| April 3, 2013 | Comments (0)








(Another photo from my  visit to the country last weekend  continues to resonate, causing me to write this sad verse.)


It’s quiet.

Winter’s over.

Hunters with their pop-pop rifles

No longer tramp my acres,

Their dogs straining and  yapping.

My ground is hard,

Not yet ready for

The gnawing plow

That will chew my soil

For hay planting.

And corn-raising.

These two hundred years

I have been harvested,

Giving grain and food

To those who woo me.

Old wagon tracks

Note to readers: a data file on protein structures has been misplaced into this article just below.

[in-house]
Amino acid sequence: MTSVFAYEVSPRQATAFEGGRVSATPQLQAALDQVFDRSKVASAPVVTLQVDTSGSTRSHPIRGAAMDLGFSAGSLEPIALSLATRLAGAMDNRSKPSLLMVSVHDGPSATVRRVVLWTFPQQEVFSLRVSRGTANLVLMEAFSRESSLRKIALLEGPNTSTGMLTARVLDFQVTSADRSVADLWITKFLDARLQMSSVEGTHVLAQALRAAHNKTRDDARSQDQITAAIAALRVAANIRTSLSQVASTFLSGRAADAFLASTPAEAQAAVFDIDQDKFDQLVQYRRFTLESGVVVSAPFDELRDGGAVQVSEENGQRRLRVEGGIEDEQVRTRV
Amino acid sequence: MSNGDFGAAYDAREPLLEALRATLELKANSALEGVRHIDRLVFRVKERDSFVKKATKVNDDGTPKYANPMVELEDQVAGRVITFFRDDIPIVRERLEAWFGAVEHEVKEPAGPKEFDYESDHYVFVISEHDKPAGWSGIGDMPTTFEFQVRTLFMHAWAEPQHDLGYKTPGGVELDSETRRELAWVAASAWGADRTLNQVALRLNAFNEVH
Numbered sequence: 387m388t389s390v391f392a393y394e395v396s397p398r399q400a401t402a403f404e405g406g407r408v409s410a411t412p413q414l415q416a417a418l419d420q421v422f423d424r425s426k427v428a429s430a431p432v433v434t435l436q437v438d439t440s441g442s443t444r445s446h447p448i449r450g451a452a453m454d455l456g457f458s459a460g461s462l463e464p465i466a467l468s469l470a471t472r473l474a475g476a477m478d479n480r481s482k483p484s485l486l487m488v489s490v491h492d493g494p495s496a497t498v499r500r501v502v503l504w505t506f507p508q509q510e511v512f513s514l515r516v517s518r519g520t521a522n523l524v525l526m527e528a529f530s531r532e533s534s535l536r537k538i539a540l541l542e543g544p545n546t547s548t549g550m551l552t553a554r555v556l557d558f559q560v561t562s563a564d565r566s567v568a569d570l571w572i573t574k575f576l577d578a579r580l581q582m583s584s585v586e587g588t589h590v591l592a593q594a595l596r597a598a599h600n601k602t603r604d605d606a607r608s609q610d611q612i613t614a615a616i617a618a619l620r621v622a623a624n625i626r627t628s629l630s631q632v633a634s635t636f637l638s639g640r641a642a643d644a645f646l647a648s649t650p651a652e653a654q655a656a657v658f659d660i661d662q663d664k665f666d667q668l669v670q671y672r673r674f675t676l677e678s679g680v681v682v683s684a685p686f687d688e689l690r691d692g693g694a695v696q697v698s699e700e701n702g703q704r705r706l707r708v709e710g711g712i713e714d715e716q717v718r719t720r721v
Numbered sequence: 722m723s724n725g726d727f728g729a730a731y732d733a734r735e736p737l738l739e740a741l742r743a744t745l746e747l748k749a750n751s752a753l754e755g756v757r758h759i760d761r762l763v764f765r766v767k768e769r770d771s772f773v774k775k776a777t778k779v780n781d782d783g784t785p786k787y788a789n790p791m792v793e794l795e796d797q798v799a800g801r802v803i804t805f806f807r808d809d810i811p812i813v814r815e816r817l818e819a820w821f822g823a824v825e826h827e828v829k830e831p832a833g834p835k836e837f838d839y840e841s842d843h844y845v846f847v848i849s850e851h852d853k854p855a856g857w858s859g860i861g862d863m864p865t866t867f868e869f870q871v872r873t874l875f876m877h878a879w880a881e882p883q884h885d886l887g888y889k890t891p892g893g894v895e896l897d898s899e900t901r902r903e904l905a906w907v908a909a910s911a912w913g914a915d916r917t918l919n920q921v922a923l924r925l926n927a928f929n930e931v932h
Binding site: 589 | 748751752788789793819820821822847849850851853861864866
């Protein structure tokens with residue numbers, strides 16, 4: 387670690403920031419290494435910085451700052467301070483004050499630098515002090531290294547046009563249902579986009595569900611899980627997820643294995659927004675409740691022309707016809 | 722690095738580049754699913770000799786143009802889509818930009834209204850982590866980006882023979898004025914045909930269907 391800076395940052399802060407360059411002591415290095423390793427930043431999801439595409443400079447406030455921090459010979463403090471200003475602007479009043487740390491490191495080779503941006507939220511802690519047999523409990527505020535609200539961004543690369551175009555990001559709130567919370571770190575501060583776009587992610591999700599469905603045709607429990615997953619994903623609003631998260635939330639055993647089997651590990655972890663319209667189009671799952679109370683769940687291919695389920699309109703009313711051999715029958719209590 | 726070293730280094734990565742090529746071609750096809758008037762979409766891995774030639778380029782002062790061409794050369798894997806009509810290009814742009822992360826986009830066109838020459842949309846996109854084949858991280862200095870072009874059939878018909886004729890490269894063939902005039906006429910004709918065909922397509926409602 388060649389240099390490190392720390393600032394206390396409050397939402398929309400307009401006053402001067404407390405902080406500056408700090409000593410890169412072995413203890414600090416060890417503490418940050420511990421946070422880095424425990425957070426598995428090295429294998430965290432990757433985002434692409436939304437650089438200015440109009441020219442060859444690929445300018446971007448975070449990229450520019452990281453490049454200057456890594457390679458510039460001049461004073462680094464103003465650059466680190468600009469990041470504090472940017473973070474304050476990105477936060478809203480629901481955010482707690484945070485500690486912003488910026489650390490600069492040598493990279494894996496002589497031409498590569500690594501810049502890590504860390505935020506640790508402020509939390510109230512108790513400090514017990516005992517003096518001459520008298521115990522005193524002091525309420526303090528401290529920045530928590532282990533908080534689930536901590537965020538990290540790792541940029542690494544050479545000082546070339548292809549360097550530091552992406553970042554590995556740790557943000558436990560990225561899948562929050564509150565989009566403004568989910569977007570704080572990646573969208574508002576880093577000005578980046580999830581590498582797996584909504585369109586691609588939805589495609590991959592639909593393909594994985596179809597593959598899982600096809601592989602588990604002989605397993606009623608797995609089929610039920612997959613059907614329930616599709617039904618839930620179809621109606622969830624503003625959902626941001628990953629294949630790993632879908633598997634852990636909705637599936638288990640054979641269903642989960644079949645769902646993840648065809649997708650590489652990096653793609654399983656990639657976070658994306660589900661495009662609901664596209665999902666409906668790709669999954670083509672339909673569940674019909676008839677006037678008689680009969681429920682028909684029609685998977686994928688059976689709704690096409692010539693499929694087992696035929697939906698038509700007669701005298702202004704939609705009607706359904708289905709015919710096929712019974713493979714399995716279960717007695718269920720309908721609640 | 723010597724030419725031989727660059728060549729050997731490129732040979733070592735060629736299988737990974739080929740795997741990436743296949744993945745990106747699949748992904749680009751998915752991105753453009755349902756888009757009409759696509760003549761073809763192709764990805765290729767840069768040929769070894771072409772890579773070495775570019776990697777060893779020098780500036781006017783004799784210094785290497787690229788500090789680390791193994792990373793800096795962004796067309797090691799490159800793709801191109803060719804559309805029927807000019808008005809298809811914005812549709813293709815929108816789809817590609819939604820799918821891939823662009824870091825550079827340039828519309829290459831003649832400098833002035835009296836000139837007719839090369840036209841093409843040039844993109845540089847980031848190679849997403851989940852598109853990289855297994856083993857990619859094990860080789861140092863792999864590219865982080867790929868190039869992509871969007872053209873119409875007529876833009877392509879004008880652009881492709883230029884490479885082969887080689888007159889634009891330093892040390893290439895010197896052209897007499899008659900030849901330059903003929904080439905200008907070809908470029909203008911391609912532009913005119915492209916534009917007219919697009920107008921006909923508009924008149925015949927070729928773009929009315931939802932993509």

Cut  across me

Like a lovely necklace.

If you listen carefully

You can  hear

The squeak of  wheels

From long ago.

I was a fertile provider

Before Lincoln gave

His Gettysburg address.

In my prime,

Indians crouched in trees

by the creek near our farm.

Yesterday I was visited

By serious men in suits

With clip boards.

They measured me,

And there was a shake of hands.

I heard from my neighbor,

The grapevine

That I will be sold and

The farm will  no longer be

A farm.

Those men mentioned

The word “shopping center.”

They said I would make

A perfect parking lot.

One hundred cars could fit

On the gentle grass

That covers me.

But how can I breathe

If I am covered with asphalt ?

So I bid you farewell.

You may laugh

When I say,  “It’s been grand

Being a field.”

But it’s true.

There’s nothing better

Than being a field.




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